AOML
NOAA

The Global Drifter Program

Science: goals and programs

Scientific goals and programs

Drifter observations have been used in a large number of peer-reviewed scientific studies (see our Drifter Links page). A popular use of the data is to map surface currents and the distribution of eddy kinetic energy. Recent examples (2000 to the present) have focused on the North Atlantic (Flatau et al., 2003), Labrador Sea (Cuny et al., 2002), Caribbean Sea (Centurioni and Niiler, 2003; Richardson, 2004), subtropical eastern Atlantic (Zhou et al., 2000), tropical Atlantic (Grodsky and Carton, 2002; Lumpkin and Garzoli, 2005), eastern South Atlantic (Largier and Boyd, 2001), tropical Pacific (Grodsky and Carton, 2001b; Johnson, 2001; Yaremchuk and Qu, 2004), central subtropical Pacific (Lumpkin and Flament, 2001; Flament et al., 2001), western Pacific (Niiler et al., 2003), North Pacific (Rabinovich and Thomson, 2001), tropical Indian (Grodsky and Carton, 2001a) and Southern (Zhou et al., 2002) oceans. Several recent studies have also focused on marginal seas including the Japan/East (Lee et al., 2000), South China (Centurioni et al., 2004) and Black (Poulain et al., 2004; Zhurbas et al., 2004) seas.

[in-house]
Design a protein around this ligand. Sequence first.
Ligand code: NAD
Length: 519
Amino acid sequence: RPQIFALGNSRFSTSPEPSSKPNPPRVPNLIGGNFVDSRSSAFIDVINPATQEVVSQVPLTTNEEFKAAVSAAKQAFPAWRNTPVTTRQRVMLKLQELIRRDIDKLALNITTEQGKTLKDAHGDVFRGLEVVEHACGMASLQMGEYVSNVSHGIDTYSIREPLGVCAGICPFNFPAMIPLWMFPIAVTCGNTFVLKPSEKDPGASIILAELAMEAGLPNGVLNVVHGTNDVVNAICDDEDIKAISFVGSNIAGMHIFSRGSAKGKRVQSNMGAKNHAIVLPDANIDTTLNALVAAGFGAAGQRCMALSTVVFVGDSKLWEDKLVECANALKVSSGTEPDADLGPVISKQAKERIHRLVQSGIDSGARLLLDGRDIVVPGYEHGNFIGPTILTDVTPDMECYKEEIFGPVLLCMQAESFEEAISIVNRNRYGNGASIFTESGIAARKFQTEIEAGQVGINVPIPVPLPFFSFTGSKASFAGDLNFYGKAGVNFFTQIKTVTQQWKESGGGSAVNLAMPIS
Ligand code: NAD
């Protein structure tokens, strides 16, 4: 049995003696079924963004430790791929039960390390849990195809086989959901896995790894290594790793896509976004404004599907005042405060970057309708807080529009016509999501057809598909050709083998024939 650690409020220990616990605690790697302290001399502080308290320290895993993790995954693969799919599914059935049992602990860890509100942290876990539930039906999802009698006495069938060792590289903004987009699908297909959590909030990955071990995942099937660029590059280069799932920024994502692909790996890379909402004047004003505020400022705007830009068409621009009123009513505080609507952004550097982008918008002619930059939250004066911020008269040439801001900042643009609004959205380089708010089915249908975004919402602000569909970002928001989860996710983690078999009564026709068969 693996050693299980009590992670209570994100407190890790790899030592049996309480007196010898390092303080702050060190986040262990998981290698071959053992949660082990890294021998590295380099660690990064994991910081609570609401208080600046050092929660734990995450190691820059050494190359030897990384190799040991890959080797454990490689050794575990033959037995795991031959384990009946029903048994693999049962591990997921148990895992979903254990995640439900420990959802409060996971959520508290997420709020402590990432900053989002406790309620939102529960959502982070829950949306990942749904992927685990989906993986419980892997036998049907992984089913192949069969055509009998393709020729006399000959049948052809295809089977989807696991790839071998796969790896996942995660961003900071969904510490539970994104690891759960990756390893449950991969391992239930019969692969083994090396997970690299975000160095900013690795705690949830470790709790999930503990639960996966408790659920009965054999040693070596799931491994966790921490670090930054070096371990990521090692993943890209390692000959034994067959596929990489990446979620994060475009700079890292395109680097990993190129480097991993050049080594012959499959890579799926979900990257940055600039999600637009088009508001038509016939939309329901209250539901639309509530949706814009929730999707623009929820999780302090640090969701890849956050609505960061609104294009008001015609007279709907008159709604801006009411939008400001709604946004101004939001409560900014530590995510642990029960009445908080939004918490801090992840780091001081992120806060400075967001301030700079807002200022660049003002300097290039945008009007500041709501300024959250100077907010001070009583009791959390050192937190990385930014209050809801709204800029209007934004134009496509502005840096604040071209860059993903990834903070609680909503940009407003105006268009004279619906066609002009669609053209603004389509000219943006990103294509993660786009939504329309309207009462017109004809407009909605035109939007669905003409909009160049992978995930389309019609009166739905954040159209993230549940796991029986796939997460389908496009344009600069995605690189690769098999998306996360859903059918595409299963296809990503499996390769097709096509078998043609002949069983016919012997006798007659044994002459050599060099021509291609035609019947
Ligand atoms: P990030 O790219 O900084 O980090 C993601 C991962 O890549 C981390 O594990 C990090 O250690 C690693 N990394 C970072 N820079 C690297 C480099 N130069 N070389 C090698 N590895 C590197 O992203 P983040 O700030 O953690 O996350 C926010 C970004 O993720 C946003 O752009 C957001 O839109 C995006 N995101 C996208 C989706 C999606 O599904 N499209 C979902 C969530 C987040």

Because drifters follow the two-dimensional surface flow, they are ideal for studying the dispersion of surface particles such as fish larvae and other plankton and buoyant pollutants such as oil spills. Their observations of dispersion can also be used to quantify the effect of mesoscale variability upon mean transports (c.f. Davis, 1991). Early studies of oceanic dispersion from drifter observations (Richardson, 1983; Davis, 1985; Krauss and Boning, 1987) addressed the relevance of Taylor's (1921) classical dispersion theory. Taylor demonstrated that the mean square distance that a particle will diffuse can be characterized in a homogeneous, stationary field of eddies by time and length scales known as the Lagrangian integral scales. These are in principle different from their Eulerian counterparts, although some mixing length-based studies have mapped eddy diffusivities using observations of Eulerian length scales (e.g., Stammer, 1998). Lumpkin et al. (2002) compared the Lagrangian and Eulerian length scales from surface drifters and altimetry, and found that they were proportional only in the most energetic parts of the ocean (such as the Gulf Stream) where Lagrangian particles are advected around eddies at time scales much shorter than the Eulerian time scale. In the tropical Pacific, Bauer et al. (2002) separated mean and eddy drifter velocities using optimized bicubic splines and found that eddy diffusivity in this region is strongly anisotropic: zonal diffusion is up to seven times larger than meridional diffusion, due to parcel trapping in coherent features such as equatorial and tropical instability waves (Bauer et al., 2002). More recently, Zhurbas and Oh (2004) mapped the global surface diffusivity using a methodology designed to avoid contaminating eddy statistics by time-mean flow shear. Their maps of apparent diffusivity revealed enhanced values in zonal bands at 30 in both southern and northern hemispheres. They attributed this to meandering, eddy-rich eastward currents in the North Atlantic (Azores Current) and North Pacific (North Subtropical Countercurrent), and to the westward drift of Agulhas retroflection eddies in the South Atlantic. In the South Pacific, they argued that the distribution indicated the presence of a South Subtropical Countercurrent.